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The Ethical Treatment of DepressionAutonomy through Psychotherapy$
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Paul Biegler

Print publication date: 2011

Print ISBN-13: 9780262015493

Published to MIT Press Scholarship Online: August 2013

DOI: 10.7551/mitpress/9780262015493.001.0001

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Autonomy: The Importance of Justified Beliefs about Material Facts

Autonomy: The Importance of Justified Beliefs about Material Facts

Chapter:
(p.8) (p.9) 2 Autonomy: The Importance of Justified Beliefs about Material Facts
Source:
The Ethical Treatment of Depression
Author(s):

Paul Biegler

Publisher:
The MIT Press
DOI:10.7551/mitpress/9780262015493.003.0002

This chapter argues the idea that doctors are morally obligated to promote autonomy in depressed patients. Because autonomy requires actions that are coherent with desires and values the agent endorses as his or her own, the clinical utility of desire-based theories is limited by conceptual difficulties. For an agent’s actions to be considered autonomous, the agent must hold on to justified beliefs of material facts. Agency and liberty are specified as the foundational elements of autonomy, while four contemporary theories are presented that stipulate the kinds of desires compatible with actions under full agential control. This chapter also explains how autonomy accrues value instrumentally and intrinsically, before showing that value to be a source of the normative weight accorded the principle of respect for autonomy.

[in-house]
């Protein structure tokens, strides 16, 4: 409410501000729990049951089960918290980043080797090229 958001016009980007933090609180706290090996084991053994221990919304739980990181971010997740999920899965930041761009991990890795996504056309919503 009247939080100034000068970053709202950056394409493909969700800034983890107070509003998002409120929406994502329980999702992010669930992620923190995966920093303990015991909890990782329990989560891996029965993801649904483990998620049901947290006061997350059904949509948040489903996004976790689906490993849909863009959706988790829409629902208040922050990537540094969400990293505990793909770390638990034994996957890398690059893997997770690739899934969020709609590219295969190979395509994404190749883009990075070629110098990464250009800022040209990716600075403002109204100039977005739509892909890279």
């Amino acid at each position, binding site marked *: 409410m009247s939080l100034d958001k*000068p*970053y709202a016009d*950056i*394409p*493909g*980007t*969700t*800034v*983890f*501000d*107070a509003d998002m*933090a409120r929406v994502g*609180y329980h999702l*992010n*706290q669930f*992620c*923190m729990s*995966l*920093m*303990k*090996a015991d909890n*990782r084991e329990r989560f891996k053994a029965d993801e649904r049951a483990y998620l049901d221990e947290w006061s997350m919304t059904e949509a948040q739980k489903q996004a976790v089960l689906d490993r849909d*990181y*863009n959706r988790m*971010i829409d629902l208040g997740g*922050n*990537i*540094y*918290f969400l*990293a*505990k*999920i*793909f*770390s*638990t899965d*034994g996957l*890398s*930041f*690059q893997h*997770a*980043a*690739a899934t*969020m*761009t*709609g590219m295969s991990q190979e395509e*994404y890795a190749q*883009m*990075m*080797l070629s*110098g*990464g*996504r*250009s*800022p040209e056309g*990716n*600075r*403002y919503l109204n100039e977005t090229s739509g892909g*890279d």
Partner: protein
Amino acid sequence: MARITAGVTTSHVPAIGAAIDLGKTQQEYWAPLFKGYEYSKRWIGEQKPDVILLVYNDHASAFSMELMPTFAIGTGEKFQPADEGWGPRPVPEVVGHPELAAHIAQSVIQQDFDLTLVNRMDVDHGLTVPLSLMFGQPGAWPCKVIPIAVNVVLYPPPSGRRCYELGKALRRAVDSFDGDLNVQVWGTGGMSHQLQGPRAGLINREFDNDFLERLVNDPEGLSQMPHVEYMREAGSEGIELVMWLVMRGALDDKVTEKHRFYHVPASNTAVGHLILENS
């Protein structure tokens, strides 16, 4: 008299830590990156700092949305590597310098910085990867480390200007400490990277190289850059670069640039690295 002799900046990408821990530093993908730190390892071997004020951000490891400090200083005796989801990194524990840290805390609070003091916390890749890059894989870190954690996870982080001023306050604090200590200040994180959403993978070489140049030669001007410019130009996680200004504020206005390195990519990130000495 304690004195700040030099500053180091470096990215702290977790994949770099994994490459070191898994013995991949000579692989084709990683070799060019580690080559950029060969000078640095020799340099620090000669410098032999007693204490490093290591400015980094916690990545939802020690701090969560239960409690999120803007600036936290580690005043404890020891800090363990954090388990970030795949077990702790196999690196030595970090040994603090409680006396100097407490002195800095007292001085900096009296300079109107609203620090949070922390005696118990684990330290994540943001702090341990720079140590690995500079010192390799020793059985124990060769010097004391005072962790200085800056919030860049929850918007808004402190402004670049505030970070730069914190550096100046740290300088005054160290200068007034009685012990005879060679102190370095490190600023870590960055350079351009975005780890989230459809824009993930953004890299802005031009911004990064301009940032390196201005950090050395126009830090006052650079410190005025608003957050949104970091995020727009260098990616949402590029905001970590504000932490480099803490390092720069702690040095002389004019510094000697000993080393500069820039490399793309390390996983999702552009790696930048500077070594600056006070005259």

Keywords:   autonomy, depressed patients, desires, values, justified beliefs, desire-based theories, agency, liberty, full agential control, respect for autonomy

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